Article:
Homes for Ukraine branded 'embarrassing publicity stunt' by refugees at Polish border

18 March 2022, 22:13

Flo's parents are hoping to sponsor Sergei but after spending 5 hours on paperwork they branded the UK scheme 'embarrassing''
Flo's parents are hoping to sponsor Sergei (right) but after spending 5 hours on paperwork they branded the UK scheme 'embarrassing''. Picture: Alamy/LBC

By Megan Hinton

The UK's Homes for Ukraine scheme has been branded an "embarrassing publicity stunt" after refugee's have been forced to spend hours filling in forms with information they "just don't have" after fleeing a war torn country.

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LBC's Vicky Etchells has spent the day at the humanitarian centre in Poland where thousands of people are still desperately fleeing over the border.

One volunteer Brit Flo, from Gloucester, who has been helping refugee Sergei to fill in forms, described the new scheme as "bureaucratic, laborious and finickity" after slamming the UK for their lack of presence at the border.

Flo's parents are hoping to sponsor Sergei but despite being in close contact with the UK sponsor, the Ukrainian refugee spent over five hours filling in forms and has had to pay to get documents translated into English.

Speaking to LBC Flo said: "So we’ve been here for five hours. These people are traumatised, Segei comes from Kyiv, which is being heavily bombed.

"And the last thing they need right now is like a heavily bureaucratic, laborious, finickity process like the one that we're having to go through right now.

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"How can I get closer to someone then literally it being my mother and father who I can call at any minute. I've got all their details. I know that all their details and I am sitting with the person trying to get across with my mum and dad over in the UK, not working, filling out all that information as I asked them. How could you get a closer link than that? And it's still taking us hours."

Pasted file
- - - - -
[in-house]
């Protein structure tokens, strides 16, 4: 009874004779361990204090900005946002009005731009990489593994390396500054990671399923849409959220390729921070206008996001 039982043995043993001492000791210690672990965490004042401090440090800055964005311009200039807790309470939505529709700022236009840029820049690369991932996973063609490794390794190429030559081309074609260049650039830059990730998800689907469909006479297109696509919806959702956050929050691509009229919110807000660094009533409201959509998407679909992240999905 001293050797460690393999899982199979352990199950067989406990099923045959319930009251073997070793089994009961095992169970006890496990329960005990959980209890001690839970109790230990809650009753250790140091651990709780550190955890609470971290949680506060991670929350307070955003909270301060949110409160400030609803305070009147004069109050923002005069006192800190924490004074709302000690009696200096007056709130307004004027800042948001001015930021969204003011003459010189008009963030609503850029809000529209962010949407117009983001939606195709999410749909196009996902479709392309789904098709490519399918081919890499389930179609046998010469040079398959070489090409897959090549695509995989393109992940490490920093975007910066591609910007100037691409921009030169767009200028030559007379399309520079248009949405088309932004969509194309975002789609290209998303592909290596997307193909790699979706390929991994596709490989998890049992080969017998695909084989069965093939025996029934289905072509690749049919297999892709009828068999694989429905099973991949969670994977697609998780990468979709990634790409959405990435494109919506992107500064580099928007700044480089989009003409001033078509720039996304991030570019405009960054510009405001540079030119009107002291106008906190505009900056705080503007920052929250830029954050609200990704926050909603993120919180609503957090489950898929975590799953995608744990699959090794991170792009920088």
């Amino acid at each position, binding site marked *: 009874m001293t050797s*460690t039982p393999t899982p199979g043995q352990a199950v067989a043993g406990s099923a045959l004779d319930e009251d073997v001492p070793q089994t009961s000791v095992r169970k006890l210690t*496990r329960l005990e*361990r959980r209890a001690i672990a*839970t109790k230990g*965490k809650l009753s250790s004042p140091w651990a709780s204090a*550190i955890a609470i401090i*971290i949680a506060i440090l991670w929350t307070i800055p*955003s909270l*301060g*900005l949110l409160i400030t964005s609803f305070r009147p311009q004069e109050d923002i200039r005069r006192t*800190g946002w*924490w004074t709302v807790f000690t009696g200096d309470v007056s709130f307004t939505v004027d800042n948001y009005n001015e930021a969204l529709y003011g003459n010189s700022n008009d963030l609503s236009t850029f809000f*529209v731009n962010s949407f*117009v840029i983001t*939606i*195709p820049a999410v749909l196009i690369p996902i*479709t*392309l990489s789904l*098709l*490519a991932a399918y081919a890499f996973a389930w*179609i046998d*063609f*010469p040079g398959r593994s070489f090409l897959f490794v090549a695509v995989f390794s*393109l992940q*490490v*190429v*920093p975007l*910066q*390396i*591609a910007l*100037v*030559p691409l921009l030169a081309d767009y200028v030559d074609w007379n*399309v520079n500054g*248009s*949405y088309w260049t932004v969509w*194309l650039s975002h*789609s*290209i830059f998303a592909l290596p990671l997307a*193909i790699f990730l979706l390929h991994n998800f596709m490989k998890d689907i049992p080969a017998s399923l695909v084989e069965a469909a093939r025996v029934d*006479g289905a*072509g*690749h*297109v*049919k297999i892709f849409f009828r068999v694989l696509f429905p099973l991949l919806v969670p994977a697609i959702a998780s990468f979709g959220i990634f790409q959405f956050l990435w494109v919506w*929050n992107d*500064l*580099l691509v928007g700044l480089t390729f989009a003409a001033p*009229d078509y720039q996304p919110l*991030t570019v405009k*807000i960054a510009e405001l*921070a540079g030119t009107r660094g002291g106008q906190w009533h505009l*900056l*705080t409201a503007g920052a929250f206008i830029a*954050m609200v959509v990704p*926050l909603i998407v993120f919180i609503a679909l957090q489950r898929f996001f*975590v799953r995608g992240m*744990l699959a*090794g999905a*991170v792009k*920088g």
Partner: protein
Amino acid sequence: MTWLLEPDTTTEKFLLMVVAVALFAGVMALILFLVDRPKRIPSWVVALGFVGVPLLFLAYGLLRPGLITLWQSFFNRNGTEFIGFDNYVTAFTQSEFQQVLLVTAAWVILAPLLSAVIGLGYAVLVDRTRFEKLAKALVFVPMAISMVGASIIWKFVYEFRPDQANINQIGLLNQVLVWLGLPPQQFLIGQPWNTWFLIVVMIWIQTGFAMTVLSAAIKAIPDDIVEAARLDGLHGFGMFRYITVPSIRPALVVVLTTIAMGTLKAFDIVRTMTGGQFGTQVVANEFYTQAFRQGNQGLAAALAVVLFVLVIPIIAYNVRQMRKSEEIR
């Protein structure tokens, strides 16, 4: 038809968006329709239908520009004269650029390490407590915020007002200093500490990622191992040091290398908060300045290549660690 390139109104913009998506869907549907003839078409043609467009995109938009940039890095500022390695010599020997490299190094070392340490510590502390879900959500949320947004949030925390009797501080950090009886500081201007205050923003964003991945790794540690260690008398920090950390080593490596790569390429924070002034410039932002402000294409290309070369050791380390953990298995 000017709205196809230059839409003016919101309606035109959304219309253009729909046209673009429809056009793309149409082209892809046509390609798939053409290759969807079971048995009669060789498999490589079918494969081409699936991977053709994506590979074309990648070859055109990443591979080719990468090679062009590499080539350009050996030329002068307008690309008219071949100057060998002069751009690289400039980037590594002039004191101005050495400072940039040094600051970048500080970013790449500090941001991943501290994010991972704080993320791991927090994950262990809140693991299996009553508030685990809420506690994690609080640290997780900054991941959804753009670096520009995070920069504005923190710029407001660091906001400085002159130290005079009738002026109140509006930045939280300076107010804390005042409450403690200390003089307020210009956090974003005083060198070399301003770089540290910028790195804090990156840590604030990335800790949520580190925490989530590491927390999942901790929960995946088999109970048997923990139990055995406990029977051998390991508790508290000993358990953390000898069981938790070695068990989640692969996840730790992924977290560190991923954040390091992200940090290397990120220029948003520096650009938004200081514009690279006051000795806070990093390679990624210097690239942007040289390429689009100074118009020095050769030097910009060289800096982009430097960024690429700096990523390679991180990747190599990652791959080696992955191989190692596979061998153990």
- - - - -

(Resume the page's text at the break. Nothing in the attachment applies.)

Explaining the process Flo said the UK government wanted documents scanned and sent over including passports, bank statements and even mortgage statements, something which refugee's may not have thought to bring when fleeing Russian bombardment.

The process includes having to pay to get the important Ukrainian documents translated into English after spending time scanning them into a specialised website.

Flo continued: "It's too big a stretch really to ask someone who's had to flee their town, 'oh actually, we want all of your mortgage documents and all of your paperwork and we actually now want it in English rather than Ukrainian'.

"All the other countries here are just sending hundreds of people off every few hours on the buses. And we're just literally sat here and it's taking one day to even go halfway through with Sergei."

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Speaking about his frustration with the scheme Sergei told LBC he worries about families filling in the form when the refugee centre has a turn around of just 15 hours.

"If you have let’s say a wife, husband, two kids, you [would] have to spend a couple days I think to fill all these forms, one by one," he said.

Expressing her frustration at the Government scheme, Flo continued: "It almost just feels like some sort of publicity stunt that they've said this.

"It even says on the gov.uk website, the UK is known as the most one of the most open, welcoming countries.

"And there’s literally no one here, like unless they’re hiding in an office and they haven't come out for a week, we've been walking up and down these corridors all week and there's no UK presence here at all.

"And it feels embarrassing right now because people are queuing up over there and going to all the different countries and the UK one is just sat there just kind of just looking around like how are we supposed to how is this pulled this off?"

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Whilst some refugees spend hours combing over paperwork to entre the UK, other are now heading back to help fight for their country.

More than 3 million people have escaped Ukraine since Russian troops began their bombardment, but after seeing desperate scenes from their country, some citizens are making the dangerous decision to return home.

Today LBC spoke with Alyssa as she queued to board a train heading from Poland to Lviv.

Explaining why she was about to embark on the perilous journey, she said: "So two weeks ago I moved to Poland and I thought I am not needed here but I am still needed in Ukraine.

"I want to go back because I want to work I want to help our soldiers, I want to make our children sleep well without hearing bombs again."

She ended the interview with a desperate plea, asking the West to "please help us close the sky".